Indeed, experts say most people engage in self-injury as a way to cope with their emotions, particularly negative ones. And most self-injurers report that it works – it calms them and brings a sense of relief.
These soothing feelings most likely result from the release of endorphins, brain chemicals that relieve pain and can produce euphoria.
“People use self-injury in a lot of ways that other people use drugs or alcohol, or food or sex…to try to feel better in the short run,” Whitlock said.
People might also self-injure as a form of punishment.
Matthew Nock, a professor of psychology at Harvard University, has come up with four main reasons for engaging in self-injury, both personal and social. His model, which he recently discussed at the APA meeting, suggests that people self-injure to:
- relieve tension or stop bad feelings;
- feel something, even if it’s pain;
- communicate with others to show they are distressed;
- get others to stop bothering them.
There is also evidence that people are more likely to self-injure if they have a negative body image coupled with strong negative emotions and poor coping skills.
“It makes it easier for them to harm the body,” said Jennifer Muehlenkamp, a psychology professor at the University of Wisconsin-Eau Claire, who studies the condition.
A few studies also suggest biology is at play. For instance, research published in the July issue of the Journal of Affective Disorders found that non-suicidal self-injurers had lower levels of opioids in their bodies (endorphins are a type of opioid) than those who did not self-injure. One hypothesis is that people who self-injure have an opioid deficiency and do it to boost their natural opioid levels.
Recent research involving patients diagnosed with borderline personality disorder, a condition in which people often self-injure, found that self-injury could inhibit brain regions often involved in processing emotion.
Something about adolescence
Adolescence is a prime time for the behavior.
“From a developmental perspective, you’ve got a perfect storm for self-injury,” said Whitlock, the Cornell researcher.
Not only do the young have to navigate a growing number of personal relationships, their brains and bodies are undergoing changes as well.
In early adolescence, part of the brain involved in emotion, the amygdala, and part of the brain involved in higher thinking, the cortex, are not fully connected, and as a result, they don’t communicate as well as they do later in life.
“It’s very common for adolescents, particularly early adolescents, to feel high levels of emotion and really not have many skills to deal with the emotion,” Whitlock said.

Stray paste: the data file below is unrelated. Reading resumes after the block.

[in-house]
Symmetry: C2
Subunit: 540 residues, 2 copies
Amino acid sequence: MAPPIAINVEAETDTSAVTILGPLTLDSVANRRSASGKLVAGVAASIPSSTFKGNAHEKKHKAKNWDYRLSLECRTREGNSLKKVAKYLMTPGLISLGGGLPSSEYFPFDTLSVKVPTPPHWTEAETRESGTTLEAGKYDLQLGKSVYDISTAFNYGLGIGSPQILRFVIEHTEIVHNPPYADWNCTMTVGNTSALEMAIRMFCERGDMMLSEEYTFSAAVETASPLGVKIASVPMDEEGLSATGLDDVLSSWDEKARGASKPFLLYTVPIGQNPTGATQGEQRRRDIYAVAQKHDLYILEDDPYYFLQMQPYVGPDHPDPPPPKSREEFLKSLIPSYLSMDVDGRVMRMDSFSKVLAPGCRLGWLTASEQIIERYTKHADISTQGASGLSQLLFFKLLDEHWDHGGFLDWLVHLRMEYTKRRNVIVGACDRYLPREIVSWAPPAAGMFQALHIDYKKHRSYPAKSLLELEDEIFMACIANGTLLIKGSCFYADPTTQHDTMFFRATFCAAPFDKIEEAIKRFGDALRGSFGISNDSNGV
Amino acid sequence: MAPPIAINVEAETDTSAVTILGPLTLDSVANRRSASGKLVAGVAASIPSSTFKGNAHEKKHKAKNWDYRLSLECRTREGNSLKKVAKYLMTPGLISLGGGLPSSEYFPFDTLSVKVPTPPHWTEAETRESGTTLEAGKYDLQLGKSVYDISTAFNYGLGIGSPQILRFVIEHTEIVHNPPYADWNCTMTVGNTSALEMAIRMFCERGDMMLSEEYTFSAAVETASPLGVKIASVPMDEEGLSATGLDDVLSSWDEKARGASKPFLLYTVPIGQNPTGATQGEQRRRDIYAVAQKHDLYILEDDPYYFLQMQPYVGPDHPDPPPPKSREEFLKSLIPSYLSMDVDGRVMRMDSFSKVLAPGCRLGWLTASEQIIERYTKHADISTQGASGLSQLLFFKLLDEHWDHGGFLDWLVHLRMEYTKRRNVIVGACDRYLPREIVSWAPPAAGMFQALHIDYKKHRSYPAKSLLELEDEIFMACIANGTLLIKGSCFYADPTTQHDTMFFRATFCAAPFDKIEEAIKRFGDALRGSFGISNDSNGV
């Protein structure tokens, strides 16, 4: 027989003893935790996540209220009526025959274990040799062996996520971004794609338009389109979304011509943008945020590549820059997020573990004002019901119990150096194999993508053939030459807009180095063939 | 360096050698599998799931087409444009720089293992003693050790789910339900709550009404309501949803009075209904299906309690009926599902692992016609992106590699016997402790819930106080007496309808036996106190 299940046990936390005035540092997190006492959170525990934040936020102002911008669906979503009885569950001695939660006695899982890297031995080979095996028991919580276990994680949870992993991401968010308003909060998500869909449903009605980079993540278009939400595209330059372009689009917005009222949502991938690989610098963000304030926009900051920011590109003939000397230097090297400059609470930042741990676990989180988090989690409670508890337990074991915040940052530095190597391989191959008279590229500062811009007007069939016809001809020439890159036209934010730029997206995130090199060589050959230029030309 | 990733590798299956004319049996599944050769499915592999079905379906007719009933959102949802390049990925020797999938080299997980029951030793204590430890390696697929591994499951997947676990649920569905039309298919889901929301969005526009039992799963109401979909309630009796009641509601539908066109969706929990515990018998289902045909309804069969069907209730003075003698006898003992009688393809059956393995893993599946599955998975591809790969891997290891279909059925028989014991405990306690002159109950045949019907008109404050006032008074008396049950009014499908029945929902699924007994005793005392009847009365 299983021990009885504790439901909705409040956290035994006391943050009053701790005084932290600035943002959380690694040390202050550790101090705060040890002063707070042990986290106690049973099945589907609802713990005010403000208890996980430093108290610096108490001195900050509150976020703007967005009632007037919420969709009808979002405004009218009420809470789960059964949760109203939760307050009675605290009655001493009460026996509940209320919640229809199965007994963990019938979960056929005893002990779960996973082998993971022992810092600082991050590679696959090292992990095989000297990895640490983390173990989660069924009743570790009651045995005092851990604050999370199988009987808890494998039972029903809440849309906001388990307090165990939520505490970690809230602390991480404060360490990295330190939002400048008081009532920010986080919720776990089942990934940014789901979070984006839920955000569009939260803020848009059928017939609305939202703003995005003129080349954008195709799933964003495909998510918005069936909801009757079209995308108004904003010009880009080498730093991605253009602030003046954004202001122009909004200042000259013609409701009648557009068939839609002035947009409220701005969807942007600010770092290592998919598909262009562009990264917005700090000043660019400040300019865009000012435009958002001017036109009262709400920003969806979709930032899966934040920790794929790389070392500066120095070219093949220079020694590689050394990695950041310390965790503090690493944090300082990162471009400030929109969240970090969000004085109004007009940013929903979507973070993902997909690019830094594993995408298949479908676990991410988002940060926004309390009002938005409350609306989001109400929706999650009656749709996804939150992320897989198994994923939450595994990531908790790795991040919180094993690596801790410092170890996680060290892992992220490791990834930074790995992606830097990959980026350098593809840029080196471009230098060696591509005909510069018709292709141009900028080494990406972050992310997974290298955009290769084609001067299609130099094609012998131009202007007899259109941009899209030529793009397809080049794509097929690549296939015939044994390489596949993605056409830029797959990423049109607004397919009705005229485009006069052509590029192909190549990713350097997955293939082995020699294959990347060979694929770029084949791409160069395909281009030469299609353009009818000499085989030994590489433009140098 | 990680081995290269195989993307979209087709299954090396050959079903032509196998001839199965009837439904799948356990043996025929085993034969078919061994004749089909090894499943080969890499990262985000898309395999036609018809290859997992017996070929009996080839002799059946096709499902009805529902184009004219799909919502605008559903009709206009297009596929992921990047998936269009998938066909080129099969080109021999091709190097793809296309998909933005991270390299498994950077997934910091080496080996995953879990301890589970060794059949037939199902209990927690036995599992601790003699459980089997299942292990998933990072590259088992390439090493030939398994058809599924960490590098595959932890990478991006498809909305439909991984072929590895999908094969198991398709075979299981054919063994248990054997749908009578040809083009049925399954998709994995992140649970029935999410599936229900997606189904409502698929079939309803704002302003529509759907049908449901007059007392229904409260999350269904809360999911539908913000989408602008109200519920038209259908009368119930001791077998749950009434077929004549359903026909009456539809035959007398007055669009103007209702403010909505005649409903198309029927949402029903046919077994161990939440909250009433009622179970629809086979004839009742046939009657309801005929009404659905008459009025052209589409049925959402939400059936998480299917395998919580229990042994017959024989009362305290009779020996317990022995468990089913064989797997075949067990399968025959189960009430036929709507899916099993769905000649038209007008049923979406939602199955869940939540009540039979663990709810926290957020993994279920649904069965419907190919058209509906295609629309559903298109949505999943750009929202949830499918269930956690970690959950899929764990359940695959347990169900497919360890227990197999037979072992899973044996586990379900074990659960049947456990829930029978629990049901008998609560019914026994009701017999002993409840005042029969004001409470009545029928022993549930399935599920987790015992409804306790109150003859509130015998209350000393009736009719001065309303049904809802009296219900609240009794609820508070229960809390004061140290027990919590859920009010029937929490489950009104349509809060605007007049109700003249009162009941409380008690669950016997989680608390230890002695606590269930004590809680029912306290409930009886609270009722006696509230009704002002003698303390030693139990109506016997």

When the children’s brains are fully developed, they may learn other, more positive methods for coping with their emotions, such as talking to a friend, going for a run, or meditating. Self-injury does seem to be a behavior many adolescents grow out of, with around 80 percent reporting that they stopped injuring themselves within five years of starting, according to Whitlock’s review, published in the May Issue of the journal PLoS Medicine.
From a practical point of view, self-injury is an easily accessible behavior for teens who might have a hard time getting a hold of drugs and alcohol.
Earlier research had suggested that self-injury is a more common behavior among girls, but recent studies show a more even split between the genders. A study of college students by Harrison, the Park Center scientist, found a higher rate of the behavior among males.
However, girls and boys might use different methods for hurting themselves.
For instance, a 2010 study by Andover, the professor at Fordham, found that girls are more likely to use cutting while boys are more likely to burn themselves. The researchers aren’t certain the reason for the gender difference, but suggest it involves the idea that some injury methods are perceived as being more masculine, and others more feminine.
It’s also unclear whether the genders differ in why they hurt themselves in the first place. For instance, it’s possible males seek a display of physical toughness rather than a way to cope with emotions. However, much more research is needed in this area.
Lack of treatment options
There are no specific treatments for non-suicidal self-injury, although a technique known as dialectical behavioral therapy, used for borderline personality disorder, has been employed with some success.
“It’s very, very intensive treatment,” Andover said, and may not be appropriate for everyone with non-suicidal self-injury.
The majority of self-injurers likely overcome the behavior without seeking treatment, Muehlenkamp said, but treatment for these individuals might still be helpful.
“Anyone who’s engaged in self-injury, even if it’s one time in their life, they still report many more difficulties in their life, psychologically [and] socially,” she said. “So even if you have someone who’s self- injured one time, it may not be a bad idea for them to consider seeking some type of help.”